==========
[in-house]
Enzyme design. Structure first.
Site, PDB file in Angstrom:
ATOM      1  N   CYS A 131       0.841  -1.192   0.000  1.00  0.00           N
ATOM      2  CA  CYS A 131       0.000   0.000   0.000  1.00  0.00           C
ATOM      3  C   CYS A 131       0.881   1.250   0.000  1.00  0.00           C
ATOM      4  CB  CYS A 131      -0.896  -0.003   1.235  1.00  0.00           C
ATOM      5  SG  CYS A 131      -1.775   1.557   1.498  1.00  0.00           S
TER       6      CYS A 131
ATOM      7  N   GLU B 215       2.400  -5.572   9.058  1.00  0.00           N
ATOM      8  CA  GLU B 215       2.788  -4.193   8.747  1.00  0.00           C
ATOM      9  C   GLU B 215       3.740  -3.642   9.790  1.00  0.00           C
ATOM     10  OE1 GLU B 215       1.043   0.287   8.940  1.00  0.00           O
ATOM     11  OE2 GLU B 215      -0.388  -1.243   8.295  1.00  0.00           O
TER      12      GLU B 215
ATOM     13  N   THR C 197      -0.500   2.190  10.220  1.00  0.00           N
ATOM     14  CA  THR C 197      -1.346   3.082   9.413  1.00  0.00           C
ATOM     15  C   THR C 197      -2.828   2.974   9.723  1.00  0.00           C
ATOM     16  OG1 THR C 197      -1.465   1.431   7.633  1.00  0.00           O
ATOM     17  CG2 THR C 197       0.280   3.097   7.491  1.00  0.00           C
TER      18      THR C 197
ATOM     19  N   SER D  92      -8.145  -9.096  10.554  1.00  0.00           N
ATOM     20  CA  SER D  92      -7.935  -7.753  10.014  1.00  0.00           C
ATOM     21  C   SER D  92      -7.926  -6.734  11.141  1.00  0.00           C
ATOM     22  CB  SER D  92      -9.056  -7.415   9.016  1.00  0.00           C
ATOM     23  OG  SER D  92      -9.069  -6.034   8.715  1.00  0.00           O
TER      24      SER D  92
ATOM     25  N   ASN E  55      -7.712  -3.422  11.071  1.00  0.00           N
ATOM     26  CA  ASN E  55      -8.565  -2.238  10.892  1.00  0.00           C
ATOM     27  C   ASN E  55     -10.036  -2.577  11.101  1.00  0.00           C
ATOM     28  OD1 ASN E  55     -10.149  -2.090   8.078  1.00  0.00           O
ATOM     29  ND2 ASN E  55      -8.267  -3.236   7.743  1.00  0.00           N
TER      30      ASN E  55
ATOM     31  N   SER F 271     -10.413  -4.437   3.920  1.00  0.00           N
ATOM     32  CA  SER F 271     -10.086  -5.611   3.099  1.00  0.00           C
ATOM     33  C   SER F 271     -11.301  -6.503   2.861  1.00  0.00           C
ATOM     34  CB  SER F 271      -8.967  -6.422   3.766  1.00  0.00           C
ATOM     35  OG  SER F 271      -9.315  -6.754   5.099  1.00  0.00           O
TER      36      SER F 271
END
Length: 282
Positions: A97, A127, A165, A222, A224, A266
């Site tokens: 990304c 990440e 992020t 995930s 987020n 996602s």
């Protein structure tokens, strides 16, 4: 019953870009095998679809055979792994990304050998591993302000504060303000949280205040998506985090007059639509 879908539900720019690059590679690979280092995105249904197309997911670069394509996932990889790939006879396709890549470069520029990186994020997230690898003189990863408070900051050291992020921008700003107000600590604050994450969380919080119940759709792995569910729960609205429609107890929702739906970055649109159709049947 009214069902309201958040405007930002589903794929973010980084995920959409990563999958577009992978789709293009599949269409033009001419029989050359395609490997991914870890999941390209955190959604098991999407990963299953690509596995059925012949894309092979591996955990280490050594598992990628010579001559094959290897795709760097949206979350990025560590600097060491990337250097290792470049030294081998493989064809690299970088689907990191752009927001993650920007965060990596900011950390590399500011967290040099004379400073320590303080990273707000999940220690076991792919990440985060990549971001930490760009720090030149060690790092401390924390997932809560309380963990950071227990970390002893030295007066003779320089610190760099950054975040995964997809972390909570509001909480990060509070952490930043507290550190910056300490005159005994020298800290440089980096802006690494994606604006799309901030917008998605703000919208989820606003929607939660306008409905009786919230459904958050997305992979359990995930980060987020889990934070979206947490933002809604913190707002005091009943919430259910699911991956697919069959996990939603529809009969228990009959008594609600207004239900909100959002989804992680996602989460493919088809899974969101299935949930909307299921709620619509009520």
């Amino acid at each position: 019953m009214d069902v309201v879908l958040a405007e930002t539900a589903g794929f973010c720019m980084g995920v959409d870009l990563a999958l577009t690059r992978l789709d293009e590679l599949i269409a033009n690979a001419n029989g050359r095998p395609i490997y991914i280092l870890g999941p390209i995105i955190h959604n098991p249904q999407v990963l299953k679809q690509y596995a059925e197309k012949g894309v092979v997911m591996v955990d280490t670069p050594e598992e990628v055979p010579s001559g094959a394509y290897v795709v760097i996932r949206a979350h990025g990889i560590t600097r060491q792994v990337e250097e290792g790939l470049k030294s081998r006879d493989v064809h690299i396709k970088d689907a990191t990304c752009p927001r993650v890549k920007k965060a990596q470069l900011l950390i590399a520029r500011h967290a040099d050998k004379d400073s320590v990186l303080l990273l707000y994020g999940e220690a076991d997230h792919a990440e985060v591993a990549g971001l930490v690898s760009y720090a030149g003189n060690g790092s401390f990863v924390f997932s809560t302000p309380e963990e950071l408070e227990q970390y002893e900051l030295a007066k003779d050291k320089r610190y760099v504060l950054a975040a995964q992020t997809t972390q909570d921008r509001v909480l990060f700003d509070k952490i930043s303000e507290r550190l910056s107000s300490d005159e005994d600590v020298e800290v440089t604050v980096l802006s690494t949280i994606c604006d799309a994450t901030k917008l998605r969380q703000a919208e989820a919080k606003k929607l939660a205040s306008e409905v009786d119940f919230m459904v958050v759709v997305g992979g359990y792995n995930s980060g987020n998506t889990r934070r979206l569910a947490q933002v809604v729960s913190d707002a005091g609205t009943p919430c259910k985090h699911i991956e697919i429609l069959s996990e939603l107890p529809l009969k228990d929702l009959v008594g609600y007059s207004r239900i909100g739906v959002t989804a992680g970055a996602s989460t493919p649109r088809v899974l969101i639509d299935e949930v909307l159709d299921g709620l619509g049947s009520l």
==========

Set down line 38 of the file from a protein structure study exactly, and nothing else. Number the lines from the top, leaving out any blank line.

ATOM     35  OG  SER F 271      -9.315  -6.754   5.099  1.00  0.00           O